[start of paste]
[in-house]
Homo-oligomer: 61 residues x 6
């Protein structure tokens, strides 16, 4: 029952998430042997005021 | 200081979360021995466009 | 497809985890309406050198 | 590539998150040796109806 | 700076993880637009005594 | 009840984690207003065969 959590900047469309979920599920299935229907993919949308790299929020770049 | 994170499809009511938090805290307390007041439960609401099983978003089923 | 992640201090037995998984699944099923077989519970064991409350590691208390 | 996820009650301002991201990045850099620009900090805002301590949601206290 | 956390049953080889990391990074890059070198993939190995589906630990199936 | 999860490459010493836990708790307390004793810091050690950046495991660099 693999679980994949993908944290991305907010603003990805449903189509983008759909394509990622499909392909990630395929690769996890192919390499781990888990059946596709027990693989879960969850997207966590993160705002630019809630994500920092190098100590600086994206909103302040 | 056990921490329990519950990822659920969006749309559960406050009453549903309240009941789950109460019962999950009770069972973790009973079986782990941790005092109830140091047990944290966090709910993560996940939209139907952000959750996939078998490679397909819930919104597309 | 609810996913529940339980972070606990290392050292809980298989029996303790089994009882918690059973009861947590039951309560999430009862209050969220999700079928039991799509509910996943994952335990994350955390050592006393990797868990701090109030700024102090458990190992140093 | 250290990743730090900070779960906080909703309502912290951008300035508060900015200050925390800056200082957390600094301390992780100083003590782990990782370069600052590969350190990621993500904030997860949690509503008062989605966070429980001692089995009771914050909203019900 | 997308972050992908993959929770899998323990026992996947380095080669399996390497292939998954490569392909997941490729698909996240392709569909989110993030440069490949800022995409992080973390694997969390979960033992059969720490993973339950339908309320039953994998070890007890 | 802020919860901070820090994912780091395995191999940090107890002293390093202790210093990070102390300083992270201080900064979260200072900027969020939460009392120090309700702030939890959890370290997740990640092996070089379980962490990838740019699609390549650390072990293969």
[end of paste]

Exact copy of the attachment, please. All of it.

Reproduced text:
[in-house]
Homo-oligomer: 61 residues x 6
């Protein structure tokens, strides 16, 4: 029952998430042997005021 | 200081979360021995466009 | 497809985890309406050198 | 590539998150040796109806 | 700076993880637009005594 | 009840984690207003065969 959590900047469309979920599920299935229907993919949308790299929020770049 | 994170499809009511938090805290307390007041439960609401099983978003089923 | 992640201090037995998984699944099923077989519970064991409350590691208390 | 996820009650301002991201990045850099620009900090805002301590949601206290 | 956390049953080889990391990074890059070198993939190995589906630990199936 | 999860490459010493836990708790307390004793810091050690950046495991660099 693999679980994949993908944290991305907010603003990805449903189509983008759909394509990622499909392909990630395929690769996890192919390499781990888990059946596709027990693989879960969850997207966590993160705002630019809630994500920092190098100590600086994206909103302040 | 056990921490329990519950990822659920969006749309559960406050009453549903309240009941789950109460019962999950009770069972973790009973079986782990941790005092109830140091047990944290966090709910993560996940939209139907952000959750996939078998490679397909819930919104597309 | 609810996913529940339980972070606990290392050292809980298989029996303790089994009882918690059973009861947590039951309560999430009862209050969220999700079928039991799509509910996943994952335990994350955390050592006393990797868990701090109030700024102090458990190992140093 | 250290990743730090900070779960906080909703309502912290951008300035508060900015200050925390800056200082957390600094301390992780100083003590782990990782370069600052590969350190990621993500904030997860949690509503008062989605966070429980001692089995009771914050909203019900 | 997308972050992908993959929770899998323990026992996947380095080669399996390497292939998954490569392909997941490729698909996240392709569909989110993030440069490949800022995409992080973390694997969390979960033992059969720490993973339950339908309320039953994998070890007890 | 802020919860901070820090994912780091395995191999940090107890002293390093202790210093990070102390300083992270201080900064979260200072900027969020939460009392120090309700702030939890959890370290997740990640092996070089379980962490990838740019699609390549650390072990293969």